The queen of soul, Aretha Franklin, has passed away from advanced pancreatic cancer at the age of 76 a month ago, and we mourn the passing of a bright star.
Aretha was a prodigy from the very beginning. She learned to play the piano by ear as a child, and by age 12 was already performing and earning money for the family in various churches. Her first album, “Songs of Faith,” was released when she was only fourteen.
From spiritual music, to blues, to R&B, to rock and roll, Aretha connected with her audience. She was recognized for it. She was the first female performer to be inducted into the rock and roll hall of fame in 1987. She was awarded the presidential Medal of Freedom, and was ranked in 2008 to be the greatest singer of all time by the Rolling Stone magazine. She won 18 Grammy awards, and has sold more than 75 million records worldwide.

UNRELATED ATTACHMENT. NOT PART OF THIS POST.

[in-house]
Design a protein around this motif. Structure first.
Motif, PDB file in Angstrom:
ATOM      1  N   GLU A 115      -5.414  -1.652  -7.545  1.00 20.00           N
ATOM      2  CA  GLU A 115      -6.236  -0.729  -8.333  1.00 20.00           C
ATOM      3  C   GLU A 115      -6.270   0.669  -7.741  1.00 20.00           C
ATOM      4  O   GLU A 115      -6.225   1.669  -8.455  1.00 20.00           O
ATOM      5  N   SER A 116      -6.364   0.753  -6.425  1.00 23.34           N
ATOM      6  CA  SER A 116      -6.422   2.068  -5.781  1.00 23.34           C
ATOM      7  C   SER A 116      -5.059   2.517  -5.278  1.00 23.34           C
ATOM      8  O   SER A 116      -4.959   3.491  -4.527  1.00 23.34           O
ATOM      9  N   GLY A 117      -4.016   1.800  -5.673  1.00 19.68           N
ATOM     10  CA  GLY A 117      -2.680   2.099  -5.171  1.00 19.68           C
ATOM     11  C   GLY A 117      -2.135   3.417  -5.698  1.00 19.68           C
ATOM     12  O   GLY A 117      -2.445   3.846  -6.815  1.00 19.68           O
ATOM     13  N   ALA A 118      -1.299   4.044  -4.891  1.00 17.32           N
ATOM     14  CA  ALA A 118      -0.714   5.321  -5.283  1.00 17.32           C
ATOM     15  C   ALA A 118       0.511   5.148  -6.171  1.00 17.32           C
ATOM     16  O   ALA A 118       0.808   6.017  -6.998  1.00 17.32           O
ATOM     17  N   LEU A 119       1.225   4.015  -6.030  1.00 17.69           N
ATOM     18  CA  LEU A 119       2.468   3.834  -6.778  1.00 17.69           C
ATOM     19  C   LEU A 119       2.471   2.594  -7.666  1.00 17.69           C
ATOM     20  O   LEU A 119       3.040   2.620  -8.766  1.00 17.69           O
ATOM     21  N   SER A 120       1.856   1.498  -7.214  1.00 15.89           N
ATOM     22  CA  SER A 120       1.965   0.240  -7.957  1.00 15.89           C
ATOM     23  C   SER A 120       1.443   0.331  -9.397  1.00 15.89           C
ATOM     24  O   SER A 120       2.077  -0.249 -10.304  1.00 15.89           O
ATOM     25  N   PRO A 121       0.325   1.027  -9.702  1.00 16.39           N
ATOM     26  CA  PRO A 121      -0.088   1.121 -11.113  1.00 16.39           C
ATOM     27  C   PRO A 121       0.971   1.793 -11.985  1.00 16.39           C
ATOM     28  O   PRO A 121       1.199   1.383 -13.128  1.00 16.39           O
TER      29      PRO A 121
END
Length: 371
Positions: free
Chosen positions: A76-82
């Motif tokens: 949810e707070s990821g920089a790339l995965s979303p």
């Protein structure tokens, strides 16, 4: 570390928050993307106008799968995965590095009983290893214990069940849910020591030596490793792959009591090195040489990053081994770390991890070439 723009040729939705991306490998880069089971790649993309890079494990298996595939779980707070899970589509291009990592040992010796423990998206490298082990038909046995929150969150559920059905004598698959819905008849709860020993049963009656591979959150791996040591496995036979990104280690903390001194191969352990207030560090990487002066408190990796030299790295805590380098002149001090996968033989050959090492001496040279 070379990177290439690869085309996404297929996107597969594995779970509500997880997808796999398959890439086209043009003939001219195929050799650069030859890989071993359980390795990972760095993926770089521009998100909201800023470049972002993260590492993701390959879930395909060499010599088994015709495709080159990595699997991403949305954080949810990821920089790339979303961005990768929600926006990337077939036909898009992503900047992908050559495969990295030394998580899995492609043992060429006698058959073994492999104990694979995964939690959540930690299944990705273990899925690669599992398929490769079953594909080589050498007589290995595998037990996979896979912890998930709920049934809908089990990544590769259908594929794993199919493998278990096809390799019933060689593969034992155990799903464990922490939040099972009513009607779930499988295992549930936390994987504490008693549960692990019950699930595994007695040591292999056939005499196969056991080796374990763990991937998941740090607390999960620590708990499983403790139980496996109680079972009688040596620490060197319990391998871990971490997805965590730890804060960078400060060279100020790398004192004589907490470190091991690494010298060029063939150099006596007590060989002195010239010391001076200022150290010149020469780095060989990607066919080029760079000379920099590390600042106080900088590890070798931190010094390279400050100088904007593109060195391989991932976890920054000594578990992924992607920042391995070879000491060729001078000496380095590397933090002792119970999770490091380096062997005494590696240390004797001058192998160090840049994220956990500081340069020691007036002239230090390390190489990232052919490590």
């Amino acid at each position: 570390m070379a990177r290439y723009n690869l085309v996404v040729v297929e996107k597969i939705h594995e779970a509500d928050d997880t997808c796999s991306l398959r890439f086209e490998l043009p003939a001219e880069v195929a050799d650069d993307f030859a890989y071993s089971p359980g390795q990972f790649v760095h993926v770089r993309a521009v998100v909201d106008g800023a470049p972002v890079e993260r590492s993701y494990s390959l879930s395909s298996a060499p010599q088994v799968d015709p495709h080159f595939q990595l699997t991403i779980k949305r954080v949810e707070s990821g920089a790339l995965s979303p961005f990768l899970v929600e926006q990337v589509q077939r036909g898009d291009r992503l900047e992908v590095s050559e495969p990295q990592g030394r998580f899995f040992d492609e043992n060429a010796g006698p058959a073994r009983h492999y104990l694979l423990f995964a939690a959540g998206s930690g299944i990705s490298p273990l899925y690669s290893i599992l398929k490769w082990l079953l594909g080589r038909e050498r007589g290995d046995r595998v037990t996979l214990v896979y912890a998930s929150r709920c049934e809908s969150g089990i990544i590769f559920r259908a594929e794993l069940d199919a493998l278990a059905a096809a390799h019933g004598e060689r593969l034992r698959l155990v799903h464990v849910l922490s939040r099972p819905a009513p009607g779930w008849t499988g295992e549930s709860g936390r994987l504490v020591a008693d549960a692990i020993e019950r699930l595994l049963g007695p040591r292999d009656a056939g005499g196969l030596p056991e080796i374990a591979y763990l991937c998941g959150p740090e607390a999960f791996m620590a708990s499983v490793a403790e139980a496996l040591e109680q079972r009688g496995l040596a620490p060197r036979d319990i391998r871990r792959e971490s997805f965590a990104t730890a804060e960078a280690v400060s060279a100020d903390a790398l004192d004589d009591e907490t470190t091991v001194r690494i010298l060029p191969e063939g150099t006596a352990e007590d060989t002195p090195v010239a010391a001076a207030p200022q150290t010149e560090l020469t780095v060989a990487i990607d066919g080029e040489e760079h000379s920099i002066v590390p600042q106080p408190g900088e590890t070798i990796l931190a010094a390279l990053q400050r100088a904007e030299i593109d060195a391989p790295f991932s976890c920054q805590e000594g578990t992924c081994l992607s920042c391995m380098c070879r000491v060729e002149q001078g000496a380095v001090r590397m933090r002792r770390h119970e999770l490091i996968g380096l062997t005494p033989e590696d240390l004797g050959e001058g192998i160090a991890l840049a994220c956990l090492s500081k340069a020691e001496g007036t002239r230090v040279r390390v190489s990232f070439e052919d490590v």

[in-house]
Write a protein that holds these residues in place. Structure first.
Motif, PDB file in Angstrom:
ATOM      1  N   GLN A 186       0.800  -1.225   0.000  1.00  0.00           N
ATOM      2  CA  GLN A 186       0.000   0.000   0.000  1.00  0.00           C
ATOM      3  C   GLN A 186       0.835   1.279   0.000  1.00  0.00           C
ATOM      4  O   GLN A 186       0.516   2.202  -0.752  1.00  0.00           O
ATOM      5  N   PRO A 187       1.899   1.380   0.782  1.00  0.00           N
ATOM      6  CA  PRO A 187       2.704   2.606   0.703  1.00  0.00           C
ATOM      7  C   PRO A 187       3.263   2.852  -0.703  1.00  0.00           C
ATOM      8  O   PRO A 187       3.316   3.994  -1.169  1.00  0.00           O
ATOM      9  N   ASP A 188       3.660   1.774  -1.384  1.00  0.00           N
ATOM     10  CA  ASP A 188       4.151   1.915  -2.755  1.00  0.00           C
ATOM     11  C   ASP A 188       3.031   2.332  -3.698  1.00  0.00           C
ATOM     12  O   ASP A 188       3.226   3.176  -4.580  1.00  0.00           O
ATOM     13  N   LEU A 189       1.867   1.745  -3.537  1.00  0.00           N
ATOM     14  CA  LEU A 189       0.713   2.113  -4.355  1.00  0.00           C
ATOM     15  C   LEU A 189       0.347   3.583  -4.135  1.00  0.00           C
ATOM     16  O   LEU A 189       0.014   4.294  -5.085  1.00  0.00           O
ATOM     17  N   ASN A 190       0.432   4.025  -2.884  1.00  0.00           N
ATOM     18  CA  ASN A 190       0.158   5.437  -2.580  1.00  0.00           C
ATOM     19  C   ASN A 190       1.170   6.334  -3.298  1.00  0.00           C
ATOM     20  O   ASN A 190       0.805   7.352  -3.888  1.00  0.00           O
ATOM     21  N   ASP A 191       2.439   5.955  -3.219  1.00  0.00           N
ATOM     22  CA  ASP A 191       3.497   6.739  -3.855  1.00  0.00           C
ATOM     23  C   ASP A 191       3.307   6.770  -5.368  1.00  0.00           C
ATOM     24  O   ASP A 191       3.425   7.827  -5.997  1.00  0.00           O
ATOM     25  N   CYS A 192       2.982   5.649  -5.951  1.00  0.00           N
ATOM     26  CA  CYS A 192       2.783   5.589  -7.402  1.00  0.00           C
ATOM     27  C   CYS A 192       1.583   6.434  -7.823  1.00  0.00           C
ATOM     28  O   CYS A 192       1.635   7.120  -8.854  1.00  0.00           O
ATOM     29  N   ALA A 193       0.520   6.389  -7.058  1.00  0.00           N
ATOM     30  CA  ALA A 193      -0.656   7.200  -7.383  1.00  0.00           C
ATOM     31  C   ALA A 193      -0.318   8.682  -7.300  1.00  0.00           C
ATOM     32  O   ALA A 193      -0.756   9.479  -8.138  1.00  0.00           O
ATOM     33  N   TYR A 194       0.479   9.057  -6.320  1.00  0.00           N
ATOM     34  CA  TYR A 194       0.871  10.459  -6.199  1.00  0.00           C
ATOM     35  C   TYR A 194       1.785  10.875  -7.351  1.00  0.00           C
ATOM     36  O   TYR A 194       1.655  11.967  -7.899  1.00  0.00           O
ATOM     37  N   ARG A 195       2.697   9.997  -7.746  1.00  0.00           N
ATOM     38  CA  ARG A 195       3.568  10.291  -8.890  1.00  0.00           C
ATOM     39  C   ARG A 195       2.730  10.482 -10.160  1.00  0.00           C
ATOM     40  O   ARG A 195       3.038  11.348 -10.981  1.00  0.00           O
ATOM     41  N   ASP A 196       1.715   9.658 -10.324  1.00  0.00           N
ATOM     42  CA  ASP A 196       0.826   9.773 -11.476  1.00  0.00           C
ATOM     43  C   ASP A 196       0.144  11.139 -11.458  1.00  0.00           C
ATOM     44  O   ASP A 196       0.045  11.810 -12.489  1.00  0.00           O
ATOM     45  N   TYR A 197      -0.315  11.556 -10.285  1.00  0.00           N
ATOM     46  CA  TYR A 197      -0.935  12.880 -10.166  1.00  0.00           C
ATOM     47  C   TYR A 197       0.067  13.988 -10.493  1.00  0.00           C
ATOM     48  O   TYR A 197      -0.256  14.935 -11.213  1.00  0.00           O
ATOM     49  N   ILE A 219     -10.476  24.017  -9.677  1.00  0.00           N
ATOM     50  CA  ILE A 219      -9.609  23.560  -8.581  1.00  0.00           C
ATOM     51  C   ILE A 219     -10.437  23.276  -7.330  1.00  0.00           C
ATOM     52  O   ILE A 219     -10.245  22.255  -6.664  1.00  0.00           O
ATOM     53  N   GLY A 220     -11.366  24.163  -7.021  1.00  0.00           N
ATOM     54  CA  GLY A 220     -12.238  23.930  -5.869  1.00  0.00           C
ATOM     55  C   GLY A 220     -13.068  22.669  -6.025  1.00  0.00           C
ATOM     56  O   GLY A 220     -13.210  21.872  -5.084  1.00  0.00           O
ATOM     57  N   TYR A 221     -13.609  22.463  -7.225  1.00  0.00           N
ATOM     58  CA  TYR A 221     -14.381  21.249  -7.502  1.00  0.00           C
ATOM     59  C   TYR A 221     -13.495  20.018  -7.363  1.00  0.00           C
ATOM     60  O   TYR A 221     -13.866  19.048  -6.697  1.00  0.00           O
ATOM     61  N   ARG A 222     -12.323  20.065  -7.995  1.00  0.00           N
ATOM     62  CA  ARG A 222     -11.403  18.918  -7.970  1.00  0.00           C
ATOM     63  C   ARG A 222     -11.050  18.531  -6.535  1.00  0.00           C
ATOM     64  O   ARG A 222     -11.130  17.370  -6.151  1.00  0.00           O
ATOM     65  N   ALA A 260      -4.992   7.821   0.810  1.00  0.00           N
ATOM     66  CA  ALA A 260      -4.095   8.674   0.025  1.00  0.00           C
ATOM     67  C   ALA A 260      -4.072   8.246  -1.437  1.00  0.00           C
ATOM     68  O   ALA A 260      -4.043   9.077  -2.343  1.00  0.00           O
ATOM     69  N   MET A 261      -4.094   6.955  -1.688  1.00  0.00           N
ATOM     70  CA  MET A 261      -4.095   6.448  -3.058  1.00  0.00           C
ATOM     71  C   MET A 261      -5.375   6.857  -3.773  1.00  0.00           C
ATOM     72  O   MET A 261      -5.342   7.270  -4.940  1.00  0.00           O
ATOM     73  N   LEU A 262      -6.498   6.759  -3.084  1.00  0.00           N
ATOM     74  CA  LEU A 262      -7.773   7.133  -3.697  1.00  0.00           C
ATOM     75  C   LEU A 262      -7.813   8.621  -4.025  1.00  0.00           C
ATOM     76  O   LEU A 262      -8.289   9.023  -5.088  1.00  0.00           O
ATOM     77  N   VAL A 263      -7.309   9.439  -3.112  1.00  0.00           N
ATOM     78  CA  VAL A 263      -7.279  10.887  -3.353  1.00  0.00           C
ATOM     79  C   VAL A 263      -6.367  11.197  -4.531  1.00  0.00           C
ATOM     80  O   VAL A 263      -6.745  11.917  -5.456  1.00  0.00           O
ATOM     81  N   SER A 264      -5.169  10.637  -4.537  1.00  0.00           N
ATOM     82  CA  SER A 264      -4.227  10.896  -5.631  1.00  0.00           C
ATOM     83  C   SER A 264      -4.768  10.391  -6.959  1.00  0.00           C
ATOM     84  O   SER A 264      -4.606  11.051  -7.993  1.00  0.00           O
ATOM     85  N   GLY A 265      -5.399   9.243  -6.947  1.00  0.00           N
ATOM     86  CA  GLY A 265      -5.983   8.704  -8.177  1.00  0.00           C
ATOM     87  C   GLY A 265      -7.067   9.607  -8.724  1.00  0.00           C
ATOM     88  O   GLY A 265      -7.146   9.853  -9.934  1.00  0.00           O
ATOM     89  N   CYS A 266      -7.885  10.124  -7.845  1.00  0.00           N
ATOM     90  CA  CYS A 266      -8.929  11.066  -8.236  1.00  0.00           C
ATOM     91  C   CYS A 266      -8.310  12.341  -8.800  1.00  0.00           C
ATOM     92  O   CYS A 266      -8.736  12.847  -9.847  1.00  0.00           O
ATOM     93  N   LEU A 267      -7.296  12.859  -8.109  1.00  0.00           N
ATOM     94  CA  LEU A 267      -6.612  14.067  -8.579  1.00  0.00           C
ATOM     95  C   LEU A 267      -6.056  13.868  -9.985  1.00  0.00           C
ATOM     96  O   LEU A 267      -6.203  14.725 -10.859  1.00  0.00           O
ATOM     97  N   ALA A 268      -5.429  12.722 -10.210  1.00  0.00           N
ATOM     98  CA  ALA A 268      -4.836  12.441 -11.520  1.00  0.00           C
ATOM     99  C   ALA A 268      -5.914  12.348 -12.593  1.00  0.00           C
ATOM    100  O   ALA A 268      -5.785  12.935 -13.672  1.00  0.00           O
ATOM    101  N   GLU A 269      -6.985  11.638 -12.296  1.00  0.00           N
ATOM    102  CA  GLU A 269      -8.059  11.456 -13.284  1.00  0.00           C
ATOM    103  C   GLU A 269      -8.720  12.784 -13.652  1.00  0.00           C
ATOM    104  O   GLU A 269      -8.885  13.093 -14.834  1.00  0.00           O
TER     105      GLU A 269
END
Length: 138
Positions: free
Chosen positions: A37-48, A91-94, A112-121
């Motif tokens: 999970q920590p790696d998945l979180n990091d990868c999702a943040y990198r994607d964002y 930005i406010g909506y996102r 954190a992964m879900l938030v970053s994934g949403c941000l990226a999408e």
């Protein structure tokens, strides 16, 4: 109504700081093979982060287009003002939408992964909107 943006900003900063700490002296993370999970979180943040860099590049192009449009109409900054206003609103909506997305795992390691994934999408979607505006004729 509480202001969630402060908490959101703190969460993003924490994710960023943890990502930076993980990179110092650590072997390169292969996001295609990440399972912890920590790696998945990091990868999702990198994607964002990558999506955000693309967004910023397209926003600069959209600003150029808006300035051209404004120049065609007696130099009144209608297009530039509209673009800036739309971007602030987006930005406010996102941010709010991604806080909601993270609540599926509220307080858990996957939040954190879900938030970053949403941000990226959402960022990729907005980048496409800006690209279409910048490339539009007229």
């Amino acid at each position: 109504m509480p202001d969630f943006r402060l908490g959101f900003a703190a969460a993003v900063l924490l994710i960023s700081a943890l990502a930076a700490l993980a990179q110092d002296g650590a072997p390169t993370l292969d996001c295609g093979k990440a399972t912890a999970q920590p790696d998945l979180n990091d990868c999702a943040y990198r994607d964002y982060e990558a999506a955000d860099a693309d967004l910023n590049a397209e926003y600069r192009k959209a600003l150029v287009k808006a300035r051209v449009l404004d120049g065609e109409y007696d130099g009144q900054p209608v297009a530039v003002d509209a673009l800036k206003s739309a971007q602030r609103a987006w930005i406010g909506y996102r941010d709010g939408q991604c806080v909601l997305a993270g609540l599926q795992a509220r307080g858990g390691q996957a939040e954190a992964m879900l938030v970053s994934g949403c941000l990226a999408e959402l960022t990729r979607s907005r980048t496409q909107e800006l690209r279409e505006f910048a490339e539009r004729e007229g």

Remarkable achievements from an extraordinary woman.
How did Aretha Franklin handle the finances from such success? What will happen to her estate now? Since she was diagnosed with an illness in 2010, did she make arrangements?
Here’s an interesting story from Billboard that answers some of those questions:
Some of the highlights:
- Aretha Franklin demanded to be paid in cash, to make sure everything stayed honest.
- She never made Forbes highest-paid celebrities list, but they estimated that her annual income was in the low seven figures.
- She was very strict in creating an environment to work in.
- One estate planning firm suggests her legacy could be worth as much a $1 billion when the recordings, the publishing, the goodwill, the name and likeness are added into the picture (Other sources have suggested ~$80 million).
Even though Aretha likely knew the end was nigh, reports indicate that she died without utilizing a will or trust services for the disposition of her estate.
Perhaps she felt that the laws of intestate succession were sufficient, and she didn’t need to keep the family financial affairs private. Perhaps she felt she would keep on going, so there was no need. We cannot know.
We do know that there are some benefits she missed out on by not utilizing trust services. Benefits such as: an easier way of transferring the assets, retaining a greater degree of privacy, or preventing possible family disputes.